The Home Office must make "much more progress" if it is to bring about the "cultural changes required" in the wake of the Windrush scandal, a review has found.
The Government department must "grasp the opportunity" to make "fundamental" changes so it is better at dealing with the public, more "confident under the gaze of scrutiny" and has a more professional workforce, according to a report published on Thursday.
The findings come two years after a critical review by Wendy Williams concluded the Windrush scandal was "foreseeable and avoidable", and victims were let down by "systemic operational failings" at the Home Office.
The March 2020 report said the Government department demonstrated "institutional ignorance and thoughtlessness" towards the issue of race and the history of the Windrush generation and made 30 recommendations for change.
Over the last few months Ms Williams returned to the Home Office to determine whether there have been improvements.
She said: "In some areas, the department has shown ambition and a commitment to taking forward my recommendations. But in others I have been disappointed by the lack of tangible progress or drive to achieve the cultural changes required within a reasonable period to make them sustainable.
"Much more progress is required in policy-making and casework, which will be seen as the major indicators of improvement.
"The department is at a tipping point and the next stage will be crucial in determining whether it has the capacity and capability to make good on its ambitions ‘to build a Home Office fit for the future, one that serves every corner of society…[with] a long-term focus on wholesale and lasting cultural change’."
The scandal erupted in 2018 when British citizens, mostly from the Caribbean, were wrongly detained, deported or threatened with deportation, despite having the right to live in Britain.
Many lost homes and jobs, and were denied access to healthcare and benefits.
Since then, the Home Office has provided thousands of documents to more than 11,500 people confirming their immigration status or citizenship.
The department is “undertaking an ambitious and significant transformation programme”, and the next stage is “crucial to the department’s cultural transition”, the latest report said.
Ms Williams added: "I believe the department is potentially poised to make the significant changes it needs to.
"But it must grasp the opportunity to implement the more fundamental recommendations that relate to producing: a more highly trained, developed and professional workforce; a department that is more comfortable engaging with the public and stakeholders on all issues of public policy – not just the uncontentious; an organisation that is more confident under the gaze of external scrutiny.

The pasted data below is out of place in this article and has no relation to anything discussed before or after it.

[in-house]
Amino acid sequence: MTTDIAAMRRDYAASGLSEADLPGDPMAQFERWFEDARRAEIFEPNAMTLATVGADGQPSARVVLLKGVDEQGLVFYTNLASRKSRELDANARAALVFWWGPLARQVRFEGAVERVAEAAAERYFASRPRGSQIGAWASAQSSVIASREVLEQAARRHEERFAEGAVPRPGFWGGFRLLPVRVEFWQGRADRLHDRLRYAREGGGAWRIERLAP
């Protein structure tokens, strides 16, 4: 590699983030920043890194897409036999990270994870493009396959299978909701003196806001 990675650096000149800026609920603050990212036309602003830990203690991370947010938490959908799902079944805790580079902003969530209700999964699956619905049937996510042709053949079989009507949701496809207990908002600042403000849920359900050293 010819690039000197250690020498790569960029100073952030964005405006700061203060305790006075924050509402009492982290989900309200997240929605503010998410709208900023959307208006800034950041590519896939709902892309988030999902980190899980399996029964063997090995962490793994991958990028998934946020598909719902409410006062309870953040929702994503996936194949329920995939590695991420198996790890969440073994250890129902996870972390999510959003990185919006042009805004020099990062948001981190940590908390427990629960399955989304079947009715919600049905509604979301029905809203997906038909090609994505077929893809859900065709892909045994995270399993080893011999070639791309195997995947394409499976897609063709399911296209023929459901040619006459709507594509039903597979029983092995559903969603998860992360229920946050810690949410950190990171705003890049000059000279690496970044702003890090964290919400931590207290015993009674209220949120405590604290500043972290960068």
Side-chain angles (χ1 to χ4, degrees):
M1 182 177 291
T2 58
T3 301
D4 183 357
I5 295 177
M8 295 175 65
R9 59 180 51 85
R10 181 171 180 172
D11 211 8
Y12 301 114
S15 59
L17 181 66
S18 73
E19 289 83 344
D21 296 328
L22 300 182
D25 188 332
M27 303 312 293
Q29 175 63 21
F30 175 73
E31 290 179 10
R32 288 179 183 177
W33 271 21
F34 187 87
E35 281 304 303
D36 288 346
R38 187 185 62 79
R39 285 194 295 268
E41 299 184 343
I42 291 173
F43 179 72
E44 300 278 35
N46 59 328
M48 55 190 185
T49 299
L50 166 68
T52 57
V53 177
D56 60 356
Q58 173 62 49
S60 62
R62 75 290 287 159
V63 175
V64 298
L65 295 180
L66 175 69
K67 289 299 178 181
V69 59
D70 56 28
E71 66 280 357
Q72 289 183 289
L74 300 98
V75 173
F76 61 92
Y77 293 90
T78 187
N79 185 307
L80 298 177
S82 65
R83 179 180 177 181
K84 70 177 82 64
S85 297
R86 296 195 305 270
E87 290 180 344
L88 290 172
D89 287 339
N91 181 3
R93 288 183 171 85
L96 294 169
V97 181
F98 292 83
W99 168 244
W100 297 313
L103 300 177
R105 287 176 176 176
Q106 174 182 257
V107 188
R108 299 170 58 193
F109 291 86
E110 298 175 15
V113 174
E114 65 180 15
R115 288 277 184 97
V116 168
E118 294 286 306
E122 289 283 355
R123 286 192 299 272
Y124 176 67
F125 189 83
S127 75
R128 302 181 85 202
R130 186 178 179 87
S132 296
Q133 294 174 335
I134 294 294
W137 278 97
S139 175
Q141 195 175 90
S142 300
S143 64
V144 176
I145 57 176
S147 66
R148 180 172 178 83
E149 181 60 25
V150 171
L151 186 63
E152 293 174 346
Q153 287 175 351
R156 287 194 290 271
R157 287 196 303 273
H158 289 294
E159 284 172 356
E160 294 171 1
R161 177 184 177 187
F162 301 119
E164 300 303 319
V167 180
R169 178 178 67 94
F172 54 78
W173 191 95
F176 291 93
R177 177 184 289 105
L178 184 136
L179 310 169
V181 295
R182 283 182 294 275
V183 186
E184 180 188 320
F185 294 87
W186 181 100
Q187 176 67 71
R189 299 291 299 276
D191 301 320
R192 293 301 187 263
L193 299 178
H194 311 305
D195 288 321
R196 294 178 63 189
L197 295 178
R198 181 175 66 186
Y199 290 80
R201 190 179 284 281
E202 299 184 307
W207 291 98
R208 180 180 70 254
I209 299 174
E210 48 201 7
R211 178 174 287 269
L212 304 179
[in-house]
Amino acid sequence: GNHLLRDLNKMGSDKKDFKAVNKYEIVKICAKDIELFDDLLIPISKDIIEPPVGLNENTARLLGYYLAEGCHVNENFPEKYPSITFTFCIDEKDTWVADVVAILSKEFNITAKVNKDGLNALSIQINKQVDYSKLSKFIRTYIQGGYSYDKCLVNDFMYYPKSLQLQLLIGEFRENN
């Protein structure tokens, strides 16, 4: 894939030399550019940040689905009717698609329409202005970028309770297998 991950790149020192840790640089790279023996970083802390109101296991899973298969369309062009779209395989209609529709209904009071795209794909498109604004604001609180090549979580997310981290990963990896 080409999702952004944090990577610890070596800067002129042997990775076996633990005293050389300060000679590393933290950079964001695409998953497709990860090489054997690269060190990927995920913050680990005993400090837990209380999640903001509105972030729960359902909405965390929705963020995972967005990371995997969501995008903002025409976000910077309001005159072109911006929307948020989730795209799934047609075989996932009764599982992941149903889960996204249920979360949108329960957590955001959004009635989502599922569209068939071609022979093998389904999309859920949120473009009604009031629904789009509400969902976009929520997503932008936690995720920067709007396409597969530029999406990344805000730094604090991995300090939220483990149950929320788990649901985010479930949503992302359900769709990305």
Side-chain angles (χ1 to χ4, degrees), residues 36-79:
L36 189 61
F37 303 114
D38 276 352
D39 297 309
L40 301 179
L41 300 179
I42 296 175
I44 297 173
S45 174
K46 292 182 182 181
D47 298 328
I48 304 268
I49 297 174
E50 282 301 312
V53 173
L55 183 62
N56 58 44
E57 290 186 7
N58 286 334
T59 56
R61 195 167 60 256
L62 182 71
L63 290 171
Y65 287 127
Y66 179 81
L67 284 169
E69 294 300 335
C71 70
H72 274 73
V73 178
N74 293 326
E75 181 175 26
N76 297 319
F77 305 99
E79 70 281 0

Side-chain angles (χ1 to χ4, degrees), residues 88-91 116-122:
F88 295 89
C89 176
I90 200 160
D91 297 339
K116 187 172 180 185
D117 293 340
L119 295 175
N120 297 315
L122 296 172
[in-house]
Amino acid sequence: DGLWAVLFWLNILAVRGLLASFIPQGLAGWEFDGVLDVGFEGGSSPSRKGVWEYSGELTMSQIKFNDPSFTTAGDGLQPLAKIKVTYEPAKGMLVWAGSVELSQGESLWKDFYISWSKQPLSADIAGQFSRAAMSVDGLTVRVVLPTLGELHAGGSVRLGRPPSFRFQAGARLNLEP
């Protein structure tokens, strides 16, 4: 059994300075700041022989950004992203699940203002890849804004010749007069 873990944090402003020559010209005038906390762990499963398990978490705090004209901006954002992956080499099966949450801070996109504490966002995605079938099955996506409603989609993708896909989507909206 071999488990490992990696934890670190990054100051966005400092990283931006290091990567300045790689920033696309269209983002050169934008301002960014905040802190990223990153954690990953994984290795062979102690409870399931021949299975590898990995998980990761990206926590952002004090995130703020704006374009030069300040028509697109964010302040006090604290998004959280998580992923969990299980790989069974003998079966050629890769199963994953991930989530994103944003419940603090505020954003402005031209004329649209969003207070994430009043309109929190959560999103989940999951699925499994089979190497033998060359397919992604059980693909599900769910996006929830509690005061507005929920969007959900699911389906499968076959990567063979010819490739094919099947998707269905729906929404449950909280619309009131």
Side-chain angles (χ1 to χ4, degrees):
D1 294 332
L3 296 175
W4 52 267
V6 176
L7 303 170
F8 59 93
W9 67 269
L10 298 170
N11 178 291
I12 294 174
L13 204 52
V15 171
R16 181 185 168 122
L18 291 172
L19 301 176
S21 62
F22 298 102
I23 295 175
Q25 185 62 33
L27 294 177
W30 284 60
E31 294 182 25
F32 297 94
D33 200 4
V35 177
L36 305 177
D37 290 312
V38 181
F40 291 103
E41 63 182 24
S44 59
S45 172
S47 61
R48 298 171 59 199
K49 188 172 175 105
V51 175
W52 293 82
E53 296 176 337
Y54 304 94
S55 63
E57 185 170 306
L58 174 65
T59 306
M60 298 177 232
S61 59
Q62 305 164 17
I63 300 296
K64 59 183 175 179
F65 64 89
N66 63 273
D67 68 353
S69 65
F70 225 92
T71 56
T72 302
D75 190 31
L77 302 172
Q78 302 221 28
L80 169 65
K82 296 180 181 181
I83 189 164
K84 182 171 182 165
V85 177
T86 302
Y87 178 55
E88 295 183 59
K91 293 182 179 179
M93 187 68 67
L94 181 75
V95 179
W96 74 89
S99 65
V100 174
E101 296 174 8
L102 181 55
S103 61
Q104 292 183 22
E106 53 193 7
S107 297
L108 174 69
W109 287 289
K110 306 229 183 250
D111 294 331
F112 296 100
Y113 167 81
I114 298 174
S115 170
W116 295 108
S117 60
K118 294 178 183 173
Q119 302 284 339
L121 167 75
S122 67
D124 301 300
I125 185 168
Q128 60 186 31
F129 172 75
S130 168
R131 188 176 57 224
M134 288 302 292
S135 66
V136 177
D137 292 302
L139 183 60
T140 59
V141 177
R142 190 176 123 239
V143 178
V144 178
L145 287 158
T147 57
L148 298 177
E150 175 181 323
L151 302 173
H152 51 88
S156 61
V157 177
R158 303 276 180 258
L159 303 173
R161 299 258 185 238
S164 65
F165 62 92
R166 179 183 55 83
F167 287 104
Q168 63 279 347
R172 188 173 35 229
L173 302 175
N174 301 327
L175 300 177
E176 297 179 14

"If the department fails to do this, it risks looking back on this seminal transformation programme as a missed opportunity."
Home Secretary Priti Patel added: "I am pleased with what we’ve achieved in the last two years and that Wendy Williams has recognised this is a different department from the one she originally saw.
"I have laid the foundations for radical change in the department and a total transformation of culture. We have already made significant progress and Wendy highlights many achievements, including the work we have put into becoming a more compassionate and open organisation.
"Having said that, there is more to do and I will not falter in my commitment to everyone who was affected by the Windrush scandal. Many people suffered terrible injustices at the hands of successive governments and I will continue working hard to deliver a Home Office worthy of every community we serve.”
Last week, another report found the Windrush compensation scheme – which offers payouts to victims affected by the scandal – has "structural weaknesses" and needs reform so it can be "efficient and effective".
Martin Levermore, the Government’s independent adviser on Windrush, acknowledged there had been criticism of the scheme from a "variety of quarters" but said overall that it is "delivering".
The latest figures show the Home Office had paid out more than £37 million on 993 claims by the end of February, out of a total 3,618 claims submitted so far.
Some 285 claims have been made for people who have already died and only 14 have currently resulted in payments so far.
Appeals have been made against decisions in almost 500 cases, while 636 eligible applicants were told they were not entitled to any money because their claims did not demonstrate they had been adversely affected by the scandal.
There have been 193 claims rejected on eligibility grounds.